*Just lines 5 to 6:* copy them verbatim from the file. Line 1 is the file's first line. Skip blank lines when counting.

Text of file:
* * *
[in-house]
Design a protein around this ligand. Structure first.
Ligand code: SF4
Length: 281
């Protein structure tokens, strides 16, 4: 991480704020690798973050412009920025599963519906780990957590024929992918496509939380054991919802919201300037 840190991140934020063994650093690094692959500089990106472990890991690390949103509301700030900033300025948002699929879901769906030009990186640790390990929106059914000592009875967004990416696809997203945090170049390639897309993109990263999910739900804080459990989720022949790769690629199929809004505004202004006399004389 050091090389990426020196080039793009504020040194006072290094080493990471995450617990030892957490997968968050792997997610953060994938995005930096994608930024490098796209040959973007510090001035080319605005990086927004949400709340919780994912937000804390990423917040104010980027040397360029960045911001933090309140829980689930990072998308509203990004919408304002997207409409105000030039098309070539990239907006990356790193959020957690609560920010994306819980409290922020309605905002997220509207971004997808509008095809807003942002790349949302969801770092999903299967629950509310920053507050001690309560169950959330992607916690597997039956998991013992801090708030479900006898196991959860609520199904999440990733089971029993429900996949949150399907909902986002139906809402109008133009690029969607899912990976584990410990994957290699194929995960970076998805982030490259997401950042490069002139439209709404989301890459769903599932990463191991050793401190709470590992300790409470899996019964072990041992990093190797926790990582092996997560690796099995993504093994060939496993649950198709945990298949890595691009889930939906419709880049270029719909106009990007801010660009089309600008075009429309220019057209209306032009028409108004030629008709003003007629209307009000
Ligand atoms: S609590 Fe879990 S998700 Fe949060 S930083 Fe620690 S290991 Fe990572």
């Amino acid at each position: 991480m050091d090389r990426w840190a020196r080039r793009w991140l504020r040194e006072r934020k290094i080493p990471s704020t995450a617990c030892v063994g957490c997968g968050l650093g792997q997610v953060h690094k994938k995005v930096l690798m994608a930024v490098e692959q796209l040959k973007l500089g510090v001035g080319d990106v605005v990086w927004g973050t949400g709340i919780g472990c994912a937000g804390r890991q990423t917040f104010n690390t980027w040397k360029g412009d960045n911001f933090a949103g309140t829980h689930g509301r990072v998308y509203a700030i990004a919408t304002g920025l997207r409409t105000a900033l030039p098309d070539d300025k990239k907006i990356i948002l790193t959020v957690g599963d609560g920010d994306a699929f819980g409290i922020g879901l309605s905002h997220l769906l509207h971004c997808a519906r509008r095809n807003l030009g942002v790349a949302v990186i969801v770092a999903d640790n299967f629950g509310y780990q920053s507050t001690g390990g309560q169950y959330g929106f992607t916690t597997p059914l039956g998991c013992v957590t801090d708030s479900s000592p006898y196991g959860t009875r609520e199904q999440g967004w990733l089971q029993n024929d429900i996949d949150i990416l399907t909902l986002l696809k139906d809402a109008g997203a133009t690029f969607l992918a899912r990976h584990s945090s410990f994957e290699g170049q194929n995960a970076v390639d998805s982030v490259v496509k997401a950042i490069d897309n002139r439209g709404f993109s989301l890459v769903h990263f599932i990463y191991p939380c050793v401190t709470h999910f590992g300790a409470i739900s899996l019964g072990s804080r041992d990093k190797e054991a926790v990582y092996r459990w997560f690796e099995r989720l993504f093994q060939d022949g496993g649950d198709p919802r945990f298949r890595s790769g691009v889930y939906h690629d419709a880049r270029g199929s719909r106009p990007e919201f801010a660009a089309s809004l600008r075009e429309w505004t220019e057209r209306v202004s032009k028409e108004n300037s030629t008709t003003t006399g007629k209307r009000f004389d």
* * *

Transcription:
């Protein structure tokens, strides 16, 4: 991480704020690798973050412009920025599963519906780990957590024929992918496509939380054991919802919201300037 840190991140934020063994650093690094692959500089990106472990890991690390949103509301700030900033300025948002699929879901769906030009990186640790390990929106059914000592009875967004990416696809997203945090170049390639897309993109990263999910739900804080459990989720022949790769690629199929809004505004202004006399004389 050091090389990426020196080039793009504020040194006072290094080493990471995450617990030892957490997968968050792997997610953060994938995005930096994608930024490098796209040959973007510090001035080319605005990086927004949400709340919780994912937000804390990423917040104010980027040397360029960045911001933090309140829980689930990072998308509203990004919408304002997207409409105000030039098309070539990239907006990356790193959020957690609560920010994306819980409290922020309605905002997220509207971004997808509008095809807003942002790349949302969801770092999903299967629950509310920053507050001690309560169950959330992607916690597997039956998991013992801090708030479900006898196991959860609520199904999440990733089971029993429900996949949150399907909902986002139906809402109008133009690029969607899912990976584990410990994957290699194929995960970076998805982030490259997401950042490069002139439209709404989301890459769903599932990463191991050793401190709470590992300790409470899996019964072990041992990093190797926790990582092996997560690796099995993504093994060939496993649950198709945990298949890595691009889930939906419709880049270029719909106009990007801010660009089309600008075009429309220019057209209306032009028409108004030629008709003003007629209307009000
Ligand atoms: S609590 Fe879990 S998700 Fe949060 S930083 Fe620690 S290991 Fe990572």